Financial support and sponsorship

Nil.

Conflicts of interest

There are no conflicts of interest.



 
  References Top

1.
Alhazzani W, Moller MH, Arabi YM, Loeb M, Gong MN, Fan E. Surviving sepsis campaign: Guidelines on the management of critically ill adults with coronavirus disease 2019 (COVID-19). Intensive Care Med 2020;46:854-87.  Back to cited text no. 1
    
2.
Frat JP, Thille AW, Mercat A, Girault C, Ragot S, Perbet S, et al. High-flow oxygen through nasal cannula in acute hypoxemic respiratory failure. N Engl J Med 2015;372:2185-96.  Back to cited text no. 2
    
3.
Raboud J, Shigayeva A, McGeer A, Bontovics E, Chapman M, Gravel D, et al. Risk factors for SARS transmission from patients requiring intubation: A multicentre investigation in Toronto, Canada. PLoS One 2010;5:e10717.  Back to cited text no. 3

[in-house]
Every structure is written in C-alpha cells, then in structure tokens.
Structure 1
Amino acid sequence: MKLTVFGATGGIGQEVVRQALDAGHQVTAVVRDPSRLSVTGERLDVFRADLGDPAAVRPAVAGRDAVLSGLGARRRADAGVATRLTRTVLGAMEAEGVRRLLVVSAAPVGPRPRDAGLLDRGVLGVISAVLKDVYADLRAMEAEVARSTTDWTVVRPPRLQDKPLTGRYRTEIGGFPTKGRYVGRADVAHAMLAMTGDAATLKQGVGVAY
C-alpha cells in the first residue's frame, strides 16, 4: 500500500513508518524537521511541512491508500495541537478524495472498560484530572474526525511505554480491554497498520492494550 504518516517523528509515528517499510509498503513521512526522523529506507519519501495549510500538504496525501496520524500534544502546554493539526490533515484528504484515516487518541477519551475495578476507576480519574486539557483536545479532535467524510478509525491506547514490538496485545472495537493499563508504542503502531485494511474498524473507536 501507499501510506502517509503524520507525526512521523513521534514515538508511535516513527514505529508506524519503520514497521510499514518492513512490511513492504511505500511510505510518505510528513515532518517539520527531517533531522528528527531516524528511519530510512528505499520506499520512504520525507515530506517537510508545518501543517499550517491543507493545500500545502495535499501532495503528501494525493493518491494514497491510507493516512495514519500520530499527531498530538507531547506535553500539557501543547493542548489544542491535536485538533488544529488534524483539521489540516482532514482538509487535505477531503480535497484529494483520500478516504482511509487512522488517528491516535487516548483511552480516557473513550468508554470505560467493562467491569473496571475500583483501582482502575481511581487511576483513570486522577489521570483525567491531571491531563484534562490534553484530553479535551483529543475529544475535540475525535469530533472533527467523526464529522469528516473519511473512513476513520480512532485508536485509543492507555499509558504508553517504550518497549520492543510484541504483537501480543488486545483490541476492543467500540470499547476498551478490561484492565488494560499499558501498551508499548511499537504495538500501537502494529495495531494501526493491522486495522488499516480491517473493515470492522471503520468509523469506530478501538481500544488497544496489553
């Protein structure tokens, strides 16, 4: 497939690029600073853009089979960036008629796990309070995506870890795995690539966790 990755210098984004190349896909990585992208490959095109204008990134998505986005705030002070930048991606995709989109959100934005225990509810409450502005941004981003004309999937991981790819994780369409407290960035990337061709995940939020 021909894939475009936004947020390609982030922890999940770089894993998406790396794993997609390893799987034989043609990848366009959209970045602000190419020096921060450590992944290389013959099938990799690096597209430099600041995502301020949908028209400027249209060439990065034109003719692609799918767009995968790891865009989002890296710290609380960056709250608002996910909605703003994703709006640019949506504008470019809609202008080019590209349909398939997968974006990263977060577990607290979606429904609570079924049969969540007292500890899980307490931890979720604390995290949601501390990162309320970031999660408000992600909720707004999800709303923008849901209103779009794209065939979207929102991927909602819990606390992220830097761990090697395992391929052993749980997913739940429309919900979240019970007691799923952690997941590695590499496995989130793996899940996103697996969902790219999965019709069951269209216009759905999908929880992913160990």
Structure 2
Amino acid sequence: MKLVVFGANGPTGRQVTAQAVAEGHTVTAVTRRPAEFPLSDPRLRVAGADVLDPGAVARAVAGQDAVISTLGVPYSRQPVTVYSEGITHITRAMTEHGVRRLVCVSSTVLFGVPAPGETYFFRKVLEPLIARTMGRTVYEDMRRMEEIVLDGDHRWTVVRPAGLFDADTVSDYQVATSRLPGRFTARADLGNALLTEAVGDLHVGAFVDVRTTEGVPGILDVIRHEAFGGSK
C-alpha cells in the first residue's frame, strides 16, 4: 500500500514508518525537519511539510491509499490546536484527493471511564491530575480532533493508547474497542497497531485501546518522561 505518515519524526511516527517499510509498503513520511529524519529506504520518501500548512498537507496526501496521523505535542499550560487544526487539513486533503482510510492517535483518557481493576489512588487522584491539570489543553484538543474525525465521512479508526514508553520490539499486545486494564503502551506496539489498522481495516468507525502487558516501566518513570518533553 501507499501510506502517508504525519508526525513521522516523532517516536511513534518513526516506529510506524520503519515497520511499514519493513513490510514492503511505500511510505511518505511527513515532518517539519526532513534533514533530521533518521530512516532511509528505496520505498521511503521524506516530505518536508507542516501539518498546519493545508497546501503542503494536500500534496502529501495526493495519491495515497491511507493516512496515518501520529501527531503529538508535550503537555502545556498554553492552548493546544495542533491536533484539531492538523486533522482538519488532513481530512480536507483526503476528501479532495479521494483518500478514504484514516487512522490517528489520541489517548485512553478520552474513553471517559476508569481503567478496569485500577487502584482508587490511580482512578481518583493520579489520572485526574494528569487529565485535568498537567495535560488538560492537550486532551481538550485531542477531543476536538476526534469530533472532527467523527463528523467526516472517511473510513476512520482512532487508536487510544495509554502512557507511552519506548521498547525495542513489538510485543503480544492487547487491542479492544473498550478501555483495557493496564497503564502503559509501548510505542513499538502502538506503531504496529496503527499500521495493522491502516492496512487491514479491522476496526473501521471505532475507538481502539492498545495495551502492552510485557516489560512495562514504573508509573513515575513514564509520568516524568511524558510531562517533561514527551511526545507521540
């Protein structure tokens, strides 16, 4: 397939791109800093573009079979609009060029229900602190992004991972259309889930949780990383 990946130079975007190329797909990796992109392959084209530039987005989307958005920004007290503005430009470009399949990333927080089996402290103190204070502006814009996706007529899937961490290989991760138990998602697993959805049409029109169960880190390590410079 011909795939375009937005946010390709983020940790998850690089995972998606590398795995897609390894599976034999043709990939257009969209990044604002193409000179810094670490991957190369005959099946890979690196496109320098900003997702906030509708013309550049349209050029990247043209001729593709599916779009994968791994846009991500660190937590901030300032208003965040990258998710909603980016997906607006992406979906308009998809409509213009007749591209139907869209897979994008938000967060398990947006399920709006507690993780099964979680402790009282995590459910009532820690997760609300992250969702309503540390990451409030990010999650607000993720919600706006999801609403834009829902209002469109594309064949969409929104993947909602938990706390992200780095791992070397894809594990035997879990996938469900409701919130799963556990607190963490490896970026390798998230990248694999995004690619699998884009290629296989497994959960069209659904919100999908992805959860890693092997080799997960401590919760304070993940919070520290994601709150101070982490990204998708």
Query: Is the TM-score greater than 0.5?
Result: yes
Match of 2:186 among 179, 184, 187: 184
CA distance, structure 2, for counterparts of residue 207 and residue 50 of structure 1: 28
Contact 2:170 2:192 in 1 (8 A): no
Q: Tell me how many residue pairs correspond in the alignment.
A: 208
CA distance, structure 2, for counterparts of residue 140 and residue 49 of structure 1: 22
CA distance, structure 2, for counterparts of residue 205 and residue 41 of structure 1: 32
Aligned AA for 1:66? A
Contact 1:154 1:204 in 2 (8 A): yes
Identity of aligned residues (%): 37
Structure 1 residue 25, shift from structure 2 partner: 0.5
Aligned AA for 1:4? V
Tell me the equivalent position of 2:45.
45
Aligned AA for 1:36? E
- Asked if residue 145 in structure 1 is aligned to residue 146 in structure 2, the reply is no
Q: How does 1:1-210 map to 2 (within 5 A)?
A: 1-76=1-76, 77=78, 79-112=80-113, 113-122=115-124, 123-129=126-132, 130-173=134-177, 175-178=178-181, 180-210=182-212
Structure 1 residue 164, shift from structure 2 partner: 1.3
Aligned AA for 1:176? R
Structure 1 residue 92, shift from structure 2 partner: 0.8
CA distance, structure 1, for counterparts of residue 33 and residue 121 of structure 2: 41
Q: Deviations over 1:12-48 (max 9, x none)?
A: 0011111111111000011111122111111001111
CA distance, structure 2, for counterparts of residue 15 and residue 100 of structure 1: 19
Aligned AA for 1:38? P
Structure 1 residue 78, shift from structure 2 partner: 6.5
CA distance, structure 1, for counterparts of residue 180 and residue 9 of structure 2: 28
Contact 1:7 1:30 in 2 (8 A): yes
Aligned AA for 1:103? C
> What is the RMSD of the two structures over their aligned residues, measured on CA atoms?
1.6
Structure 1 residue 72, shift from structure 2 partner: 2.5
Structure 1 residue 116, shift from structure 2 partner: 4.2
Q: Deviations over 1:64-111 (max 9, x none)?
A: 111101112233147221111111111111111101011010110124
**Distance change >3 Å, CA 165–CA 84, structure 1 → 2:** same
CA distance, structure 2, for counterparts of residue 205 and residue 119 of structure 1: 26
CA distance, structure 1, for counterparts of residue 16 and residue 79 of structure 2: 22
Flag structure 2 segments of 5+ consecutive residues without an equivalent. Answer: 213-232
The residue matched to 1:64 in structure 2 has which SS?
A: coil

4.
van Doremalen N, Bushmaker T, Morris DH, Holbrook MG, Gamble A, Williamson BN, et al. Aerosol and Surface Stability of SARS-CoV-2 as Compared with SARS-CoV-1. N Engl J Med 2020;382:1564-7.  Back to cited text no. 4
    
5.
Leung CC, Joynt GM, Gomersall CD, Wong WT, Lee A, Ling L, et al. Comparison of high-flow nasal cannula versus oxygen face mask for environmental bacterial contamination in critically ill pneumonia patients: A randomized controlled crossover trial. J Hosp Infect 2019;101:84-7.  Back to cited text no. 5
    
6.
Ding L, Wang L, Ma W, He H. Efficacy and safety of early prone positioning combined with HFNC or NIV in moderate to severe ARDS: A multi-center prospective cohort study. Crit Care 2020;24:28.  Back to cited text no. 6